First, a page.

New Delhi: A team of archaeologists has unearthed 65 mysterious giant sandstone jars scattered across four new sites in Assam that may have been used for funerary rites. Altough no group in the area seems to be associated with the jars or the customs they may represent, the discovery points to an ancient people who may have been lost to time.
The details of the discovery — which involved researchers from three universities in India and Australia — were published in the journal Asian Archaeology on 28. The research was led by Tilok Thakuria from North-Eastern Hill University and Uttam Bathari from Gauhati University in collaboration with researchers at The Australian National University (ANU).
Speaking to ThePrint, Bathari said that due to the slash-and-burn cultivation practices in the areas, most of the jars are not in good shape, making the analysis of contents nearly impossible. Slash-and-burn agriculture is a farming method that involves the cutting and burning of plants in a forest or woodland to create a field.
“The jars had no remains. However, the local communities told us that they used to hunt for these jars for beads. This (the jars containing beads) is similar to the jars found in 1930s in Laos and Indonesia,” he added.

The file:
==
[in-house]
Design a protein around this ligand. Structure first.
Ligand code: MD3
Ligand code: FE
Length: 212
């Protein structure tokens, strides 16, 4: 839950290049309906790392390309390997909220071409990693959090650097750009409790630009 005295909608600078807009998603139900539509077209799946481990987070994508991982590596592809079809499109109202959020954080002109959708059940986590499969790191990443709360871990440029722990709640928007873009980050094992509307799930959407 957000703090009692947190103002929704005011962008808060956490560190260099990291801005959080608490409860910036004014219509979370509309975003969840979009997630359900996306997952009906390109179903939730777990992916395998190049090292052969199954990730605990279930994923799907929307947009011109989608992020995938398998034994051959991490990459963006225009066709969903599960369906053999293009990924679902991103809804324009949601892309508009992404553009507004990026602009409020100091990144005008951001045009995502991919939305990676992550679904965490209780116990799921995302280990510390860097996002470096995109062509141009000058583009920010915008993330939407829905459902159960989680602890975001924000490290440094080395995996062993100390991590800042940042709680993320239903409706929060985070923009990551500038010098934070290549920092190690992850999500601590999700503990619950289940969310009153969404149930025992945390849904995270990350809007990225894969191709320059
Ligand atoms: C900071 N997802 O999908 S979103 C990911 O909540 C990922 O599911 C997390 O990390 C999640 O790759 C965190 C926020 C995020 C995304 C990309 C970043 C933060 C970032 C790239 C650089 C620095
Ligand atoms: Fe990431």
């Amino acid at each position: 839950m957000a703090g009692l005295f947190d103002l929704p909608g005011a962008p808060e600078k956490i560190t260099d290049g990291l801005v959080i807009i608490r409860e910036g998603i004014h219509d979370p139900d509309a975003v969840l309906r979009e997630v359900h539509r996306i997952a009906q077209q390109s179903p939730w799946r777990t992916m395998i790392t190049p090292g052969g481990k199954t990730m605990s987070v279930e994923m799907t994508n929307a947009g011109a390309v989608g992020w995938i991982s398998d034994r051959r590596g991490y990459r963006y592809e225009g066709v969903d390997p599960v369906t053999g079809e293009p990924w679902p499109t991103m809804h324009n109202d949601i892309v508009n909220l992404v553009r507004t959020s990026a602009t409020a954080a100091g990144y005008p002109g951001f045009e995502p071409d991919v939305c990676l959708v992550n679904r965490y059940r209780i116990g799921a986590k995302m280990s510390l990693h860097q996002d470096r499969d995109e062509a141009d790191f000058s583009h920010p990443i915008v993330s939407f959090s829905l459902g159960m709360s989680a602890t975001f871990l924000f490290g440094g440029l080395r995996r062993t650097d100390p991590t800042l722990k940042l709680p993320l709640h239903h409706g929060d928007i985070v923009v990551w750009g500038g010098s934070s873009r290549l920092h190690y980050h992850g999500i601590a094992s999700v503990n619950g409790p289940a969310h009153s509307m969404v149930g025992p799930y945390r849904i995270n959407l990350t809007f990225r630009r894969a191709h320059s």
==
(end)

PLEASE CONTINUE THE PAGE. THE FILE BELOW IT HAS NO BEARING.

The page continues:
Although the team is yet to carry out carbon dating of the jars, they believe that these jars likely date back to the same time period as the jars found in Indonesia and Laos.
The jars vary in shape and size. Some are tall and cylindrical, while the others are partly or fully buried in the ground. Similar stone vessels have previously been found in Laos and Indonesia, which been dated back roughly to between 500 BCE and 500 CE.
“We still don’t know who made the giant jars or where they lived. It’s all a bit of a mystery,” Nicholas Skopal, an ANU PhD student, said in a statement. The researchers believe it’s likely that the jars were associated with funerary practices.
Skopal said that some ethnic groups in Northeast India have reported finding jars filled with cremated remains, beads, and other material artefacts.
Findings of great importance
The team initially set out to survey existing sites in Assam that had such jars. However, as the researchers moved about the landscape, they realised there was more to be uncovered.
“At the start, the team just went in to survey three large sites that hadn’t been formally surveyed. From there, grids were set up to explore the surrounding densely forested regions,” Skopal said.
“This is when we first started finding new jar sites. The team only searched a very limited area, so there are likely to be a lot more out there. We just don’t yet know where they are”, he added.
The surveying and reporting of these sites are of great importance regarding heritage management in India.
“It seems as though there aren’t any living ethnic groups in India associated with the jars, which means it is important to maintain the cultural heritage. The longer we take to find them, the greater the chance that they will be destroyed, as more crops are planted in these areas and the forests are cut down,” Skopal said.
(Edited by Manoj Ramachandran)